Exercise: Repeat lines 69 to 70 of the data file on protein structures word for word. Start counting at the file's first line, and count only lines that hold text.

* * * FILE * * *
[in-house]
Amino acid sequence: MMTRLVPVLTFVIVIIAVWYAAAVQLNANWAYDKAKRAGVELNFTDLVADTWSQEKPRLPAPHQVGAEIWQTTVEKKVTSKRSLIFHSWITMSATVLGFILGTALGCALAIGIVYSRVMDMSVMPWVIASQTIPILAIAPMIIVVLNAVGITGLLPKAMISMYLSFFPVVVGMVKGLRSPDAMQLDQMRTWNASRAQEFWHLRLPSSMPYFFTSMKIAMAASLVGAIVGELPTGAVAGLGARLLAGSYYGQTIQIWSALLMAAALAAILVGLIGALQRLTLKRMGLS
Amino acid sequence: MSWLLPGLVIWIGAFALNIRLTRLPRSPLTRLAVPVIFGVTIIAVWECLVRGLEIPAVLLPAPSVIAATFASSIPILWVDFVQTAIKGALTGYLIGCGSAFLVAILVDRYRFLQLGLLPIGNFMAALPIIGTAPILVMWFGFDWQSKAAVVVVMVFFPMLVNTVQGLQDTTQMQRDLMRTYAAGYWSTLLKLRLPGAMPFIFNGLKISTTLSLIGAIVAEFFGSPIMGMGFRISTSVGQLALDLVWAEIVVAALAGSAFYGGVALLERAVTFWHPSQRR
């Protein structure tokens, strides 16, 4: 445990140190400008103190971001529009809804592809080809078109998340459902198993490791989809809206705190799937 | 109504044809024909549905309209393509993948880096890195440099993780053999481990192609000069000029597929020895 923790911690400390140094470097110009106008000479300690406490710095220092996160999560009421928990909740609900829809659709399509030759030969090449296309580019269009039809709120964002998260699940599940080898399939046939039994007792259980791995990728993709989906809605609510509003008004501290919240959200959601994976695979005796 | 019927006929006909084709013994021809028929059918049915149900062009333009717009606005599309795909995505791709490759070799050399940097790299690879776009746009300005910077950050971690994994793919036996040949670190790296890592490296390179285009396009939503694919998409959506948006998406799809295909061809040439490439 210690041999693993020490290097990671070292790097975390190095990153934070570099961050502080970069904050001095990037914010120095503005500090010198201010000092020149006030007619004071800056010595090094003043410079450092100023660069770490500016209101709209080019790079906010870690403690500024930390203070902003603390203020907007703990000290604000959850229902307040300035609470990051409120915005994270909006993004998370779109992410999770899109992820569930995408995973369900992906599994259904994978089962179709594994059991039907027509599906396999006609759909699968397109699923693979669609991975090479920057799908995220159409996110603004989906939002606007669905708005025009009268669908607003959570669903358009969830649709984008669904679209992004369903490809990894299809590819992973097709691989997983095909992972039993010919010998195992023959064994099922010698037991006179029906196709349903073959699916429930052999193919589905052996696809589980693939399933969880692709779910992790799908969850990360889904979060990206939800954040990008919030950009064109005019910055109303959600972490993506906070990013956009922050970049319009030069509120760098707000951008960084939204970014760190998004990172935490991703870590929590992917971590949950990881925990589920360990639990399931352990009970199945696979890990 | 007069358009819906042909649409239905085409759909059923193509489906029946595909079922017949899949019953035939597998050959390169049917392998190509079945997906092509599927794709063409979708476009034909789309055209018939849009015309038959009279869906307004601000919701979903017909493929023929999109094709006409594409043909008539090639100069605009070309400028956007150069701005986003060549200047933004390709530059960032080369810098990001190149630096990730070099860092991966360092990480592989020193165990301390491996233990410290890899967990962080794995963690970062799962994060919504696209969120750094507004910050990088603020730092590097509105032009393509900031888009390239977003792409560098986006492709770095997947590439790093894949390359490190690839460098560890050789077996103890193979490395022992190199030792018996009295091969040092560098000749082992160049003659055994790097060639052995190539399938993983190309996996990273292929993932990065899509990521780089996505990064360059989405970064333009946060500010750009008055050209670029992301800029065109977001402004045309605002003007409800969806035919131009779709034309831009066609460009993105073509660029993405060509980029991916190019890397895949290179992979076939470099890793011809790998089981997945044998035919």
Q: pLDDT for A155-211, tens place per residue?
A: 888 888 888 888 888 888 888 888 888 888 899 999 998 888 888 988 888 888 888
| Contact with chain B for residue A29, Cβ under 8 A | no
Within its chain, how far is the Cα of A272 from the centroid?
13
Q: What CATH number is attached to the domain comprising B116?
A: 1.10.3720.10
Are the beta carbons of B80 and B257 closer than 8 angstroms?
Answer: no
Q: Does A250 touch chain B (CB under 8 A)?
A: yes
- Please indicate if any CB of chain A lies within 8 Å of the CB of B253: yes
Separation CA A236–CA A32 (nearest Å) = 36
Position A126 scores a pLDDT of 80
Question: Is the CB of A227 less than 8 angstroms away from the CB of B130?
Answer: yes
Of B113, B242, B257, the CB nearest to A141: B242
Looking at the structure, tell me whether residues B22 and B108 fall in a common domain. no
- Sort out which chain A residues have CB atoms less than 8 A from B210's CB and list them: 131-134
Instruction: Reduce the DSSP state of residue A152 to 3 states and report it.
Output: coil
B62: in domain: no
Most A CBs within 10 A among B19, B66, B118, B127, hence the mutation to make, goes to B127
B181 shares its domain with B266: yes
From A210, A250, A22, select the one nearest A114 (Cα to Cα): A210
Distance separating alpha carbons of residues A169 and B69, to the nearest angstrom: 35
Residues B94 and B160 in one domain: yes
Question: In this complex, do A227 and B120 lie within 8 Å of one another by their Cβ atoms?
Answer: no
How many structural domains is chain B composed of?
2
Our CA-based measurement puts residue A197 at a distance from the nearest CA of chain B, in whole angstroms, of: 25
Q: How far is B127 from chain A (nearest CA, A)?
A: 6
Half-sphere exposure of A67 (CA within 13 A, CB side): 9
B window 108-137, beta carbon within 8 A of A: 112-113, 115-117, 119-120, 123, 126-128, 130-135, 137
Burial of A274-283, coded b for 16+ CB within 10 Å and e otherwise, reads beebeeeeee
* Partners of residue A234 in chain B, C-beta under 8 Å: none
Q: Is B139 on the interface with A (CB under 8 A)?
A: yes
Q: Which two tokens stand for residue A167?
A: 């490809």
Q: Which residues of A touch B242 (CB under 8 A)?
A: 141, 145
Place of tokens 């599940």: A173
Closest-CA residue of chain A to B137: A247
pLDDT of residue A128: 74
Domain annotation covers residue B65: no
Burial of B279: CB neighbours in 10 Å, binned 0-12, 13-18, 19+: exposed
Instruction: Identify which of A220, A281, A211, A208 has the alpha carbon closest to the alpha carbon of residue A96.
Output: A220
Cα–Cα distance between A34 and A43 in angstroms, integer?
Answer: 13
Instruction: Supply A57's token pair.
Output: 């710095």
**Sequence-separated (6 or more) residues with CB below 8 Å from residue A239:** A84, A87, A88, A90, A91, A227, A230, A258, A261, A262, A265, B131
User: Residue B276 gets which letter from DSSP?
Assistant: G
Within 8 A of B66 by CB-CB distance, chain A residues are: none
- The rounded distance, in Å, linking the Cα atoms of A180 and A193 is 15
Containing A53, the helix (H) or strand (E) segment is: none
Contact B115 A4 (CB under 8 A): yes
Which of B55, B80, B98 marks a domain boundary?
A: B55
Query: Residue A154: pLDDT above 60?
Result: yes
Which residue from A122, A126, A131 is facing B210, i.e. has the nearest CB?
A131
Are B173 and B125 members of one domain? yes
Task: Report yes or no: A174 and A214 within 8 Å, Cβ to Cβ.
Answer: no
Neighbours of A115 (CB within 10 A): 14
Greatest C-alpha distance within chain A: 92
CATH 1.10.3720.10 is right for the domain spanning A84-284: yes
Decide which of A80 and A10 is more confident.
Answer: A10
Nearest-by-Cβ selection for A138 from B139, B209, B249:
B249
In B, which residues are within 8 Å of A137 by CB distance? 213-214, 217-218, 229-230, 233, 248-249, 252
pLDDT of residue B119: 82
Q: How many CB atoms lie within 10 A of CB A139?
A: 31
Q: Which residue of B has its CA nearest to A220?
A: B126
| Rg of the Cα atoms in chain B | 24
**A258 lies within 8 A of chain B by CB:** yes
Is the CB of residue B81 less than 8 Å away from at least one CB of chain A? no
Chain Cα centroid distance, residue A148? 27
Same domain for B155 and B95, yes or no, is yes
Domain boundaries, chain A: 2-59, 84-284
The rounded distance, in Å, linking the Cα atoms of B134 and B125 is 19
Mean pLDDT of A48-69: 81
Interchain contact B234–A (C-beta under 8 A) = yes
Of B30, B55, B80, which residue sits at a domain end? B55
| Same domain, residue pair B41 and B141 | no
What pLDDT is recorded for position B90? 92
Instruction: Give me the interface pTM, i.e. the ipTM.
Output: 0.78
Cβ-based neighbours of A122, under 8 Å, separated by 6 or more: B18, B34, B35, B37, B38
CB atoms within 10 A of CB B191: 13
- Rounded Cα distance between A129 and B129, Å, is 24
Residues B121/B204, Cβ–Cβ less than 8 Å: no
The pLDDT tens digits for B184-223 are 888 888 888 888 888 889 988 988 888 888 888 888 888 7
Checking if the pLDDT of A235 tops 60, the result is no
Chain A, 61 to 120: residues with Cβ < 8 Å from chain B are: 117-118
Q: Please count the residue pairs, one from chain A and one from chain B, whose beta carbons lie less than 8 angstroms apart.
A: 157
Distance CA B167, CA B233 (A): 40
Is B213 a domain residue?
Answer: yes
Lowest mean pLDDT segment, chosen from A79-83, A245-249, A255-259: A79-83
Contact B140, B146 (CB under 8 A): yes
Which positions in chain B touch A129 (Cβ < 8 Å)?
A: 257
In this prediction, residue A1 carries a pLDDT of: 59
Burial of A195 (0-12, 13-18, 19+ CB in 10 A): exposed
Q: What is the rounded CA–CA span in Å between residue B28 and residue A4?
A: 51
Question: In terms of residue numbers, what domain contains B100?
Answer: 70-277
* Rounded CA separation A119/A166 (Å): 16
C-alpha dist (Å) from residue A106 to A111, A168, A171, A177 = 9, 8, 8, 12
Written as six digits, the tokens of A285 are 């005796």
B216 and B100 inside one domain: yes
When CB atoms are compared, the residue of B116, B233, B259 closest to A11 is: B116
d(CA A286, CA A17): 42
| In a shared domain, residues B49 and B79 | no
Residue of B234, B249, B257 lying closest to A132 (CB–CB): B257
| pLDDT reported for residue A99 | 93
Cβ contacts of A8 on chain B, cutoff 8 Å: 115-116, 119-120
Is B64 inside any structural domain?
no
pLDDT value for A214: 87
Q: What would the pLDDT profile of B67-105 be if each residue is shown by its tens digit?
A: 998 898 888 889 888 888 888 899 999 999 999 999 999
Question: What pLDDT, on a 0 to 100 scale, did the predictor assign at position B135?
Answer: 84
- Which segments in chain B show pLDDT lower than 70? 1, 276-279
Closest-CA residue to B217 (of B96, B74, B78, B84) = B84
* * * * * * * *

Query: Residue A154: pLDDT above 60?
Result: yes